No. No you may not.
I work in a diagnostic center in central scheduling. Had a patient call in today. We received the order from her doctor on 8/19 and have been unsuccessfully trying to reach her to schedule.
When I offered her an appointment a few days out, she was a little upset, but I let her know we needed to wait on her insurance authorization, so I scheduled it out to give them time.
Patient: Can I offer constructive criticism?
Me: Um, sure go ahead.
Patient: When you received this request on the 19th, don’t you think you should have requested the authorization then? Wouldn’t that be proactive?
ME: Ma’am, we don’t request authorization until we make an appointment. We have patients that don’t want to do exams at all or would prefer to do them in a hospital or another facility. We won’t do anything without the patient’s permission.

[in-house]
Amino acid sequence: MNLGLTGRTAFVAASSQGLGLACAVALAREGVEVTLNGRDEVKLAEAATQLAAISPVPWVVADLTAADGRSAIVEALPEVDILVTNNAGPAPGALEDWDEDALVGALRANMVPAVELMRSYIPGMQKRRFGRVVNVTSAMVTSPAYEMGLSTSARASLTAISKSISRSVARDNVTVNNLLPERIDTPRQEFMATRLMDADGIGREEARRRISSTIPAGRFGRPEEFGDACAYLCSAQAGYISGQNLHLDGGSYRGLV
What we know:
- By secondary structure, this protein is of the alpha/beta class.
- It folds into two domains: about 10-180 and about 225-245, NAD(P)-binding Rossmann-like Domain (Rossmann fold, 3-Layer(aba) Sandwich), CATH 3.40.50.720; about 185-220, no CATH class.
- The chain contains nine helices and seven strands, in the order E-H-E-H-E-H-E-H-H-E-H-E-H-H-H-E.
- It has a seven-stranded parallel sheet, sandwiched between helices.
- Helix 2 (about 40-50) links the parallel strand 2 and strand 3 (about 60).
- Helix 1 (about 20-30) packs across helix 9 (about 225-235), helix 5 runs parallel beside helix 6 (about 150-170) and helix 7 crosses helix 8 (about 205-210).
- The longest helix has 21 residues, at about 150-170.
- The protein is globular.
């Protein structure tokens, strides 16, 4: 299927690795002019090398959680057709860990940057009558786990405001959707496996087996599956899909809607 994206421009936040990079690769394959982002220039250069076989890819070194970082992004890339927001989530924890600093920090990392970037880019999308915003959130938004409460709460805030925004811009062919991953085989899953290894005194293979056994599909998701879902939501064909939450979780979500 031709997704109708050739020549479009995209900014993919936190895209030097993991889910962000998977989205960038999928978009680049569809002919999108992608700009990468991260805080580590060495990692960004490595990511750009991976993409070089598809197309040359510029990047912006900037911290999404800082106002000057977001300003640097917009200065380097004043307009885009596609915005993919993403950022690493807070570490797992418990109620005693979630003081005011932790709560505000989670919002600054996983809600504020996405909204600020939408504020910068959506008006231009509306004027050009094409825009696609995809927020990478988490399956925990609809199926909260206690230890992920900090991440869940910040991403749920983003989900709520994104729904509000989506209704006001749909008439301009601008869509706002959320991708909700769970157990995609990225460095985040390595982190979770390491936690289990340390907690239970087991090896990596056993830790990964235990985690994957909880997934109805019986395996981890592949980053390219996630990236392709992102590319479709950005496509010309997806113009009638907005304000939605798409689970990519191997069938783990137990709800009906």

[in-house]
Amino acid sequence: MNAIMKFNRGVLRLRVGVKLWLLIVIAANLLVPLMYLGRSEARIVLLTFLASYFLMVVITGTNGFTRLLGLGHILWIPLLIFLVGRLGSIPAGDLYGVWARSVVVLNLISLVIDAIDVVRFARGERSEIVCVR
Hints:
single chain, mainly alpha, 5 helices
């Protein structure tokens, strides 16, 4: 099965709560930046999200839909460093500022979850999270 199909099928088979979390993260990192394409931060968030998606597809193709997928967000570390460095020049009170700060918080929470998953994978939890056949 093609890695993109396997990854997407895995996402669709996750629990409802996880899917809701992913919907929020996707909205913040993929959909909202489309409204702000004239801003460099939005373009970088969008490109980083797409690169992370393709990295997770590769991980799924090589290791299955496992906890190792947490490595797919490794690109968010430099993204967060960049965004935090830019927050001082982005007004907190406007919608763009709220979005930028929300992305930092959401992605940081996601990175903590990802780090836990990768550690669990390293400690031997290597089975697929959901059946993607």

Patient: Oh. Well yeah I guess just schedule me for that date. I may just go to the ER if I can’t wait.
Me: OK. You’re welcome to do that, ma’am.
**Verifies the rest of the details I need and scheduled.
Also, if you’re doctor ordered it on 8/19 and it’s now 8/26, it doesn’t suddenly become an emergency to schedule you. You waited to get back to us. Gtfo.